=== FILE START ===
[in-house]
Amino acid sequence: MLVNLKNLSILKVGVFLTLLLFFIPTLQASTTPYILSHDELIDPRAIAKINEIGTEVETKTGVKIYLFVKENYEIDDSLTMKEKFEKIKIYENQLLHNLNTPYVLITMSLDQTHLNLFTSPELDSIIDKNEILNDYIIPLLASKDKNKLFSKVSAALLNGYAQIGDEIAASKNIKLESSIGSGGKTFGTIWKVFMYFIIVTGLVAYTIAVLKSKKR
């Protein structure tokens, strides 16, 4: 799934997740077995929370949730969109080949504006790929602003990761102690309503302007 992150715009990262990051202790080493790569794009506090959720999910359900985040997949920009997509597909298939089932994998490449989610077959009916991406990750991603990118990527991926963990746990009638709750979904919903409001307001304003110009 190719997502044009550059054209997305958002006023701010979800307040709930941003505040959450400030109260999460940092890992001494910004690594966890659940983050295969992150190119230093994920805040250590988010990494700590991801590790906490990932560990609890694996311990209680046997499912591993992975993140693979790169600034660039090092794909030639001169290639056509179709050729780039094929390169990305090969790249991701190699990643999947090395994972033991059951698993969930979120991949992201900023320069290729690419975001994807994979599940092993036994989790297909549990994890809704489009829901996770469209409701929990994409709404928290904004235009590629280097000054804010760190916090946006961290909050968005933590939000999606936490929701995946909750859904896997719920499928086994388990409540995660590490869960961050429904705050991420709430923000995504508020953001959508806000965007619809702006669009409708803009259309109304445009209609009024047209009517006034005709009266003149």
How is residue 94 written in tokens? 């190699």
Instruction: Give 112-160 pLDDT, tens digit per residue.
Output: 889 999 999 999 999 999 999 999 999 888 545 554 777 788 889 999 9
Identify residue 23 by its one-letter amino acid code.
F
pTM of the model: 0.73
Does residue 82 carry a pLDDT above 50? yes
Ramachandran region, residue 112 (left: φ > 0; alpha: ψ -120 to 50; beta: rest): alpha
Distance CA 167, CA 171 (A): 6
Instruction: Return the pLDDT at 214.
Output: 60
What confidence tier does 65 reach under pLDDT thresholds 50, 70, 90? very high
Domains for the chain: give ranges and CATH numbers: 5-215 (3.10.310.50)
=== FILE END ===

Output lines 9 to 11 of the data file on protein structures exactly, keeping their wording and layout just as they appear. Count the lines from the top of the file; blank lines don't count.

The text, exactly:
pTM of the model: 0.73
Does residue 82 carry a pLDDT above 50? yes
Ramachandran region, residue 112 (left: φ > 0; alpha: ψ -120 to 50; beta: rest): alpha